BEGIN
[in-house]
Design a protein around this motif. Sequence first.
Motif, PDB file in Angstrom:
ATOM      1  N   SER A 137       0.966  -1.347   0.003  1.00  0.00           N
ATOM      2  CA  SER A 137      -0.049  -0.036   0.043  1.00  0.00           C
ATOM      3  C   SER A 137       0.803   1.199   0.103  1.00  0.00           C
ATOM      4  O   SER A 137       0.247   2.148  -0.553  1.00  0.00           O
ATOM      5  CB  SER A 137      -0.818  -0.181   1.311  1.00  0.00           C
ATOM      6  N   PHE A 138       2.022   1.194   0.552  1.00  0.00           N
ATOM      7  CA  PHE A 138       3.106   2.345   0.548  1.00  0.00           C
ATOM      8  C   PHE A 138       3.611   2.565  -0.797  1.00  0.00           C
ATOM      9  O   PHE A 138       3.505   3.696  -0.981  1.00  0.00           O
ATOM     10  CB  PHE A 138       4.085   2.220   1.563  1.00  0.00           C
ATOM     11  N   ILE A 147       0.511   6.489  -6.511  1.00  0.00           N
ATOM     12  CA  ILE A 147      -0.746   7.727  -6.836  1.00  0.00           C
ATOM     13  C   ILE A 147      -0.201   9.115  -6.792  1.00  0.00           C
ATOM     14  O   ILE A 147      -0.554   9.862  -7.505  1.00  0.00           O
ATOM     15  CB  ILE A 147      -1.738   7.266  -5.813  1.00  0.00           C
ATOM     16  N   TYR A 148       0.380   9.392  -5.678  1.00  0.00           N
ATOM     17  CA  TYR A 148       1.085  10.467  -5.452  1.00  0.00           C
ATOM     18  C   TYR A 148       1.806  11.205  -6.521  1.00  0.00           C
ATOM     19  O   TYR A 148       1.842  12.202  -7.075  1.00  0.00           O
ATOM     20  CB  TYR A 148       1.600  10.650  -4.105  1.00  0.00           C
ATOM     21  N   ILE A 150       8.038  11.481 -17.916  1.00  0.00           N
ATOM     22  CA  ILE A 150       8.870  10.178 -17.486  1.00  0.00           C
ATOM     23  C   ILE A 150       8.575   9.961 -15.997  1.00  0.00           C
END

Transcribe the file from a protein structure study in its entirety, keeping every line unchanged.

[in-house]
Design a protein around this motif. Sequence first.
Motif, PDB file in Angstrom:
ATOM      1  N   SER A 137       0.966  -1.347   0.003  1.00  0.00           N
ATOM      2  CA  SER A 137      -0.049  -0.036   0.043  1.00  0.00           C
ATOM      3  C   SER A 137       0.803   1.199   0.103  1.00  0.00           C
ATOM      4  O   SER A 137       0.247   2.148  -0.553  1.00  0.00           O
ATOM      5  CB  SER A 137      -0.818  -0.181   1.311  1.00  0.00           C
ATOM      6  N   PHE A 138       2.022   1.194   0.552  1.00  0.00           N
ATOM      7  CA  PHE A 138       3.106   2.345   0.548  1.00  0.00           C
ATOM      8  C   PHE A 138       3.611   2.565  -0.797  1.00  0.00           C
ATOM      9  O   PHE A 138       3.505   3.696  -0.981  1.00  0.00           O
ATOM     10  CB  PHE A 138       4.085   2.220   1.563  1.00  0.00           C
ATOM     11  N   ILE A 147       0.511   6.489  -6.511  1.00  0.00           N
ATOM     12  CA  ILE A 147      -0.746   7.727  -6.836  1.00  0.00           C
ATOM     13  C   ILE A 147      -0.201   9.115  -6.792  1.00  0.00           C
ATOM     14  O   ILE A 147      -0.554   9.862  -7.505  1.00  0.00           O
ATOM     15  CB  ILE A 147      -1.738   7.266  -5.813  1.00  0.00           C
ATOM     16  N   TYR A 148       0.380   9.392  -5.678  1.00  0.00           N
ATOM     17  CA  TYR A 148       1.085  10.467  -5.452  1.00  0.00           C
ATOM     18  C   TYR A 148       1.806  11.205  -6.521  1.00  0.00           C
ATOM     19  O   TYR A 148       1.842  12.202  -7.075  1.00  0.00           O
ATOM     20  CB  TYR A 148       1.600  10.650  -4.105  1.00  0.00           C
ATOM     21  N   ILE A 150       8.038  11.481 -17.916  1.00  0.00           N
ATOM     22  CA  ILE A 150       8.870  10.178 -17.486  1.00  0.00           C
ATOM     23  C   ILE A 150       8.575   9.961 -15.997  1.00  0.00           C